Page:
Despite the prominent and consistent effect of stimulus orientation on visual performance, evidence for an oblique effect on curvature discrimination is mixed. The purpose of the current study, therefore, was to test whether human observers are equally sensitive to positive deformations of curvature across polar angles. We make use of a novel stimulus class, which we refer to as Difference of Gaussian contours that ease the process of generating closed contour stimuli with a single (signed) curvature deformity occurring along its contour. We believe that our results are the first to demonstrate that observers are indeed approximately uniformly sensitive to positive deformations of curvature at all polar angles tested, both in the presence and absence of spatial uncertainty, and across different angular frequencies. 
General methods
Participants
Three experienced psychophysical observers participated in the experiment. Two observers were naïve to the purpose of the study (LUC, KAT), and one was an author (MS). The mean age of the observers was 24.7 years (SD = 2.52, range: 22–27) and all observers had normal or corrected-to-normal visual acuity. Experimental protocols were approved by the McMaster University Research Ethics Board, and informed consent was obtained from each observer prior to the start of the experiment. 
Apparatus
An Apple G4 2.66 GHz Quad-Core Intel Xeon computer (Apple Inc, Cupertino, CA) generated and displayed stimuli using MATLAB 10.7.0 (MathWorks, Natick, MA) and Psychophysics Toolbox (Brainard, 1997; Pelli, 1997). Stimuli were displayed on a Sony Model GDM-F520 monitor (Sony Corporation, Tokyo, Japan) with a pixel resolution 1,024 × 768 (62.5 pixels/°) and a refresh rate of 100 Hz. The display was the only light source in the room during testing, and had a mean luminance of 69.2 cd/m2. The stimuli were viewed binocularly through natural pupils. A chin rest was used to ensure a viewing distance of 131 cm was maintained throughout the duration of the experiment.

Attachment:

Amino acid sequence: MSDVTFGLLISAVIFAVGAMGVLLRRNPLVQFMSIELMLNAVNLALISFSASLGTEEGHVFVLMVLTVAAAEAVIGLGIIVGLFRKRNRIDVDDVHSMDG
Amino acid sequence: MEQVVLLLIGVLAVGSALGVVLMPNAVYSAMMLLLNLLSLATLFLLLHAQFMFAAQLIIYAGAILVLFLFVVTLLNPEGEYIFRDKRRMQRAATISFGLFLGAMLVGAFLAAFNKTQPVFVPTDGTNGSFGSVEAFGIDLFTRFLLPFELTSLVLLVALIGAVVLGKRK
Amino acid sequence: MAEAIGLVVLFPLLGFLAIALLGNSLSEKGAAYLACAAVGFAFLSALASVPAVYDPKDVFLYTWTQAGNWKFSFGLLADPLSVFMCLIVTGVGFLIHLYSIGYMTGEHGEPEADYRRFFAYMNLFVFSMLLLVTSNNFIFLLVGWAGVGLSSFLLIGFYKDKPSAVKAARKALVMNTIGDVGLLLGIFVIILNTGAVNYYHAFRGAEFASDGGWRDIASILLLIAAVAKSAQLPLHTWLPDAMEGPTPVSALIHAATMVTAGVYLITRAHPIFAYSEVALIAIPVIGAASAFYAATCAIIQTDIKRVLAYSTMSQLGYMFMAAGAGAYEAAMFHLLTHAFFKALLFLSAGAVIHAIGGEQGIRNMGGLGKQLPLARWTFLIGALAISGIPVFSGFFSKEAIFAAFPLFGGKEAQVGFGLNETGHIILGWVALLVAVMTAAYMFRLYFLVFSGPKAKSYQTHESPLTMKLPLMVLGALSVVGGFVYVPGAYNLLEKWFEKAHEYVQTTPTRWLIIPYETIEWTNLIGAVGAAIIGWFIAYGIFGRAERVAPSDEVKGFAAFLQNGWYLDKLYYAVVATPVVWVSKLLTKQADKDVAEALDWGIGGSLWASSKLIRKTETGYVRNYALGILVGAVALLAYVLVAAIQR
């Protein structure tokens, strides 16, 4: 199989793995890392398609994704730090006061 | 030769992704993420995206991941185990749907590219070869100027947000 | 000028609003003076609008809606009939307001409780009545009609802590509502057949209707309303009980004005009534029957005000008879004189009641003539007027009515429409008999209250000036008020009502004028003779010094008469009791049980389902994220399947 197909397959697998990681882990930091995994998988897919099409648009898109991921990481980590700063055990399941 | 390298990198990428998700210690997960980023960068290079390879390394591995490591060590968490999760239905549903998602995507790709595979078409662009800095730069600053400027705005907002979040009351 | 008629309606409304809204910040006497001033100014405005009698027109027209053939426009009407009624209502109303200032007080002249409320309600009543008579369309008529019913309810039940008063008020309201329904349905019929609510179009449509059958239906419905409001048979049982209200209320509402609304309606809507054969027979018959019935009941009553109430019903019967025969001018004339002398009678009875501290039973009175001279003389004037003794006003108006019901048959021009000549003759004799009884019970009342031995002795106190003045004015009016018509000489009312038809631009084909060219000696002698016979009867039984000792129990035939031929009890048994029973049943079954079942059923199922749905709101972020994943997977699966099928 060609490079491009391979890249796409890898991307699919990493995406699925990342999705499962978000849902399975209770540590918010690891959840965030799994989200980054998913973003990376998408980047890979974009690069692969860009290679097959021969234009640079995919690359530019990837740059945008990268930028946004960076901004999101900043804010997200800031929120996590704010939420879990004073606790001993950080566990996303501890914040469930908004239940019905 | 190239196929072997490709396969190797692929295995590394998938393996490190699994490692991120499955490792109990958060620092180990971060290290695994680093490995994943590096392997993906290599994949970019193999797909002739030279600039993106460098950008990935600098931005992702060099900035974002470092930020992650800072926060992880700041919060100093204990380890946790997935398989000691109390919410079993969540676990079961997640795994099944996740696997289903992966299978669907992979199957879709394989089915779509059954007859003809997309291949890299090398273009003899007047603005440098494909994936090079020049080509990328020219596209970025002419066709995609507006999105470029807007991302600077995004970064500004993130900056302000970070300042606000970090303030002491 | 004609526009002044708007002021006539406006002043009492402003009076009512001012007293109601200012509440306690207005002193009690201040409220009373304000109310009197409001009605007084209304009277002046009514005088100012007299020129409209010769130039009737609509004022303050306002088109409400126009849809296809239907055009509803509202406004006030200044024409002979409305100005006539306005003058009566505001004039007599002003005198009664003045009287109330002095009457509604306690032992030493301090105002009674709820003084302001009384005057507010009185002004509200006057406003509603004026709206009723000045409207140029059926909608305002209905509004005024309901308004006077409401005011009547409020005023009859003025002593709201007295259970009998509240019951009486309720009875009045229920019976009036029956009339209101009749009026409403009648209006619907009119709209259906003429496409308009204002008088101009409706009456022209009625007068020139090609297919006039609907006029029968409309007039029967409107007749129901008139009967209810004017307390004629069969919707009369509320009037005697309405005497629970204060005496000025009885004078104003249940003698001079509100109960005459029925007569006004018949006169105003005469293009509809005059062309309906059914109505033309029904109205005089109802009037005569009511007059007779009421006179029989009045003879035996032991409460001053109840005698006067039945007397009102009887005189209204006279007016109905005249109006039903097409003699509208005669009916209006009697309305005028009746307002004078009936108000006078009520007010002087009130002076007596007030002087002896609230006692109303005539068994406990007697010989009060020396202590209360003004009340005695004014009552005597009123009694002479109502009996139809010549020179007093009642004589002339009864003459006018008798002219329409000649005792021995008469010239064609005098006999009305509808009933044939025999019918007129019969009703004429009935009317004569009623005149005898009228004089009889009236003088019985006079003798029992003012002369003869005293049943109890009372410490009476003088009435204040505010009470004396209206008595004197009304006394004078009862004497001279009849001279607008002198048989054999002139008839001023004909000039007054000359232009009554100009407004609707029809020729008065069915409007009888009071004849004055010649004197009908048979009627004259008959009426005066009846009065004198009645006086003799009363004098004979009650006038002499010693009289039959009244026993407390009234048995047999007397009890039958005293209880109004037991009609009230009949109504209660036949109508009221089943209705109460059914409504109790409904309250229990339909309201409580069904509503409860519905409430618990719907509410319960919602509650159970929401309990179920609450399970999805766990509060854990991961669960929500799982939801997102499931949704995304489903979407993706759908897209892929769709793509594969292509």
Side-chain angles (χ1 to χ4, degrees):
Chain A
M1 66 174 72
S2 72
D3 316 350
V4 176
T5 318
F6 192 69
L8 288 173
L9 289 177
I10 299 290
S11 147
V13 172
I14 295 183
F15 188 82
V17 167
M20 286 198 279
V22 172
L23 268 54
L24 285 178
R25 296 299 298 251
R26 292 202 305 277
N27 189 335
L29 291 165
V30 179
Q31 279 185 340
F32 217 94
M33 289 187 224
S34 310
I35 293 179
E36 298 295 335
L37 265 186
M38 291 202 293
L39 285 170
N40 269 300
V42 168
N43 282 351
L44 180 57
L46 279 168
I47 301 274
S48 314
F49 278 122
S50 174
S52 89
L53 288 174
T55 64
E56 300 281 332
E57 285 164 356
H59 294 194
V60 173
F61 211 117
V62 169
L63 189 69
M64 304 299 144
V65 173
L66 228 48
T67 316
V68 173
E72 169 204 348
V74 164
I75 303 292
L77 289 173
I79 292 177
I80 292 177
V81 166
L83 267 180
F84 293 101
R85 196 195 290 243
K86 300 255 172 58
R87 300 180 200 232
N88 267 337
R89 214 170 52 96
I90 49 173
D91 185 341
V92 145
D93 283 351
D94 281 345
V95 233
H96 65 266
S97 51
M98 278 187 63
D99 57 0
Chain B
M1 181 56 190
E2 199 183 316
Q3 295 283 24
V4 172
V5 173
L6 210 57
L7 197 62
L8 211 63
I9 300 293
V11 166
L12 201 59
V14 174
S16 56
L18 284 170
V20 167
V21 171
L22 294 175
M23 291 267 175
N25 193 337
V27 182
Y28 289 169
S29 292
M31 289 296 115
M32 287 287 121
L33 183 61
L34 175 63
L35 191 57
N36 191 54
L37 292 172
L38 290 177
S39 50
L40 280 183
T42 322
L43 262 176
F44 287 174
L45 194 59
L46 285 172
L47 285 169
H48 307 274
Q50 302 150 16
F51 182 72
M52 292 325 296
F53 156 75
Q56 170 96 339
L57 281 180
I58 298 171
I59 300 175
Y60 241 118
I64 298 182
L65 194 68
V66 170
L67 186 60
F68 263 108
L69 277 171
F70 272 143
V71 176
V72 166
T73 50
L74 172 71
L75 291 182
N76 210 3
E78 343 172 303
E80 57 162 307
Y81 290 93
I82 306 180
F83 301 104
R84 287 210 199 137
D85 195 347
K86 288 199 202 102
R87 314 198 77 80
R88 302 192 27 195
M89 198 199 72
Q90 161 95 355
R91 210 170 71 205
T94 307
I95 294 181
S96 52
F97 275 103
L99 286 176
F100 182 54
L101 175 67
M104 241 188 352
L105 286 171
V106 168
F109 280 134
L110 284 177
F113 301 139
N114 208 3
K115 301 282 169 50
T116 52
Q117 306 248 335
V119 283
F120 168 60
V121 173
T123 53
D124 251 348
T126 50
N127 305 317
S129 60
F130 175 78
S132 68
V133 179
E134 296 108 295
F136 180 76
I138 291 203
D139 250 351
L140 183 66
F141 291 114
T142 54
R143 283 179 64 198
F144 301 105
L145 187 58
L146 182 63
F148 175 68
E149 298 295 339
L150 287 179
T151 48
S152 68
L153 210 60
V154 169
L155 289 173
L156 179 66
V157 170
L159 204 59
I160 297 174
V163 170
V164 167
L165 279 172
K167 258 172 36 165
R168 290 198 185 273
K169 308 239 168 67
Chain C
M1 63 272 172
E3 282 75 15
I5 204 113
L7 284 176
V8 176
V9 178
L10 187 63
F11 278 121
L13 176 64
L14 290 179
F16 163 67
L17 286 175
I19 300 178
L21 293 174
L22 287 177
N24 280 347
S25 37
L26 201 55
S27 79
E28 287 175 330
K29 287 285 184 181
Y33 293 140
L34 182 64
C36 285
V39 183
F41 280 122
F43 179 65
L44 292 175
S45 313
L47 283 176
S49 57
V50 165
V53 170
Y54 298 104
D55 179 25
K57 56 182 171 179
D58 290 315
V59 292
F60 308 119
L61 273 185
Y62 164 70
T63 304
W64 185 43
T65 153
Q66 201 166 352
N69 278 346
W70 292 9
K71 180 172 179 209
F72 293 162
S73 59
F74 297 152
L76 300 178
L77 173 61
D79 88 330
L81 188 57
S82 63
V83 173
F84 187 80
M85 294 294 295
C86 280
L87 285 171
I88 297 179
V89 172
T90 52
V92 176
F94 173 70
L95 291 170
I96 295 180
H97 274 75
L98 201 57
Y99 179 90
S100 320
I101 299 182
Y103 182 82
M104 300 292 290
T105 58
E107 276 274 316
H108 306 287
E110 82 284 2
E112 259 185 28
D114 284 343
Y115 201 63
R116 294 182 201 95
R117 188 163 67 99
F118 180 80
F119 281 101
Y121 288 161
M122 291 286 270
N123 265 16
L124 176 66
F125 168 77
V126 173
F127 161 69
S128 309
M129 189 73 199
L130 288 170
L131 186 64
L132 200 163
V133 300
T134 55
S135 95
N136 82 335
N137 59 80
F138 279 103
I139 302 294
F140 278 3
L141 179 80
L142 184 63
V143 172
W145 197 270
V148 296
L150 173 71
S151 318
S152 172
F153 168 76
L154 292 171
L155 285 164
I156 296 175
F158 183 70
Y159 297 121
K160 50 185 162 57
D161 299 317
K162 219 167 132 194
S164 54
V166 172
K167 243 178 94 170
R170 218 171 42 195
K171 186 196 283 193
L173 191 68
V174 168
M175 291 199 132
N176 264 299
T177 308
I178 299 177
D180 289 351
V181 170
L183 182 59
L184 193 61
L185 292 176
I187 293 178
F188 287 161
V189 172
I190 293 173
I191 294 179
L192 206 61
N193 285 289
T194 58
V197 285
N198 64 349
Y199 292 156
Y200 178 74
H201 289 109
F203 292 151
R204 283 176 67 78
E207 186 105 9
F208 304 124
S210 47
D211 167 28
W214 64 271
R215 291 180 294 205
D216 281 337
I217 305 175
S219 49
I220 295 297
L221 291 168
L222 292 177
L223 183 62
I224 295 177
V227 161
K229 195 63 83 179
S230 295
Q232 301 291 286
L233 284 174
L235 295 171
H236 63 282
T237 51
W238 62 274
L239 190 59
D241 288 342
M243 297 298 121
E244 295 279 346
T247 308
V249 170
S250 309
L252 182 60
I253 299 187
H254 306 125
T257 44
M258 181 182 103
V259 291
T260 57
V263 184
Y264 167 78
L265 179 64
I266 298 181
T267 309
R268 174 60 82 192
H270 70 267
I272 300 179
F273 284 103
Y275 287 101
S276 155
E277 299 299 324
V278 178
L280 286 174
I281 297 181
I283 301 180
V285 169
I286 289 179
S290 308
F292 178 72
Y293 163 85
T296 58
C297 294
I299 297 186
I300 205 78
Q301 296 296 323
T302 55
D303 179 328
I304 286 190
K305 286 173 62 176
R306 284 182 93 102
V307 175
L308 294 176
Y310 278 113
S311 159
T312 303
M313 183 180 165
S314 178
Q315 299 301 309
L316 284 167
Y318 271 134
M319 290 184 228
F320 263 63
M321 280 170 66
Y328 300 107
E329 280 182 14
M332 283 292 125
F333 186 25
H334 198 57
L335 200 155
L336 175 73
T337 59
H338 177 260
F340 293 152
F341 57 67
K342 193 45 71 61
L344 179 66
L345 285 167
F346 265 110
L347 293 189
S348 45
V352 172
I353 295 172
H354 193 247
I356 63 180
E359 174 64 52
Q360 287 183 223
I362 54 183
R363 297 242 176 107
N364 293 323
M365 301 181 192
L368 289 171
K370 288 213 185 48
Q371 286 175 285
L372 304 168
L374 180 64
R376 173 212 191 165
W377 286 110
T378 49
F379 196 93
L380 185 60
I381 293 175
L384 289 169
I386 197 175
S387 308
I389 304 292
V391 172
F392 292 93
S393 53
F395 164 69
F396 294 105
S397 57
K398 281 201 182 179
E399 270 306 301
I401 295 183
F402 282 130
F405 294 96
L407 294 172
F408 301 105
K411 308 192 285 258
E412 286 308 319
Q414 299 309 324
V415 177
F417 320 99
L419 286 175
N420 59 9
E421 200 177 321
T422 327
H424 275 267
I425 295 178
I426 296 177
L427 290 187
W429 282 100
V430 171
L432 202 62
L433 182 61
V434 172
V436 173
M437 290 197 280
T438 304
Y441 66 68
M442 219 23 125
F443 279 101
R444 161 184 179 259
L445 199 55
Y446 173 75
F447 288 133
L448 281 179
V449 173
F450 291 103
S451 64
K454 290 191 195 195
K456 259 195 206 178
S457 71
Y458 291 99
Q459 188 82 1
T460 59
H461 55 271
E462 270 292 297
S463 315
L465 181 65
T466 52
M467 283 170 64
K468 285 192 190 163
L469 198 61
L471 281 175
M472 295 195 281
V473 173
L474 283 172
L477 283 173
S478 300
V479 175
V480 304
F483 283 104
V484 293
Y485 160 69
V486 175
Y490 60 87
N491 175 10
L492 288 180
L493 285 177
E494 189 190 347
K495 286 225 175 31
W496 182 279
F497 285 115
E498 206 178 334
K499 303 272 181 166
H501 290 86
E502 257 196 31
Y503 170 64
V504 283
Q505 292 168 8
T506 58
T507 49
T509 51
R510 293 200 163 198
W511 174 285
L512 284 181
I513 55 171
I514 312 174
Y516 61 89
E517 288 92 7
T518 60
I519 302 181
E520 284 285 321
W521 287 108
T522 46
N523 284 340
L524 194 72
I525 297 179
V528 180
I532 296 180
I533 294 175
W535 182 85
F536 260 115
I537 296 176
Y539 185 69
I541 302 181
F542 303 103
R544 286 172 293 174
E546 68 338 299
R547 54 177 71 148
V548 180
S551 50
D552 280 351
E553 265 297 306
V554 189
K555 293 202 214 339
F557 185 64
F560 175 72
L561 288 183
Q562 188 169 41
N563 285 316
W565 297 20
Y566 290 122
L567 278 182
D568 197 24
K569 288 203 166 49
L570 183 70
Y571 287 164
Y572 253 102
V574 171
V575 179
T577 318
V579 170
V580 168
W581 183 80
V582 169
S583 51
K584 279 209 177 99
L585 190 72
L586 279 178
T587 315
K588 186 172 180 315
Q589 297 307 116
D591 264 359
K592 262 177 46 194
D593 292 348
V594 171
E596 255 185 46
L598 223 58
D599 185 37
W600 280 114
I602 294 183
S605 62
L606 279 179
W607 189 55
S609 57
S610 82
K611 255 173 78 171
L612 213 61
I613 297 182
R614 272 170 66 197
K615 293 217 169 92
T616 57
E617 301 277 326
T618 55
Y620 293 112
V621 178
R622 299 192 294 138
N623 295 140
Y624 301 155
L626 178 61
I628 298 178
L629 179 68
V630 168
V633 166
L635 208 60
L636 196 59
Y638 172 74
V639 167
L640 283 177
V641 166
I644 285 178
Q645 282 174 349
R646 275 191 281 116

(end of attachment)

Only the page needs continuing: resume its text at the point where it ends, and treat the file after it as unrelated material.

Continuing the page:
Stimuli
Many studies of curvature detection and discrimination have used radial frequency (RF) stimuli consisting of an integer number of cycles that cover the entire closed contour (Wilkinson et al., 1998). For our experiments, we wanted to use stimuli in which (a) curvature was restricted to a small portion of the contour; and (b) the radial frequency potentially could be manipulated as a continuous variable. Loffler et al. (2003) provided formulas for generating whole integer cycle or half-cycle stimuli sampled from RF contours but not for other radial frequencies. Schmidtmann et al. (2012) provided a more comprehensive set of formulae for defining shapes of different cycle numbers, but the formulas are difficult to implement to create stimuli consisting of spatially-restricted deformations. Lastly, Dickinson, Cribb, Riddell, and Badcock (2015) provided formulae and textual descriptions for rectified contours sampled from RF patterns. Because these patterns had constraints that made them less than ideal for our experiments, we developed a new type of closed-contour stimulus, Difference of Gaussian (DoG) contours, that consist of a single, signed curvature deformity defined as: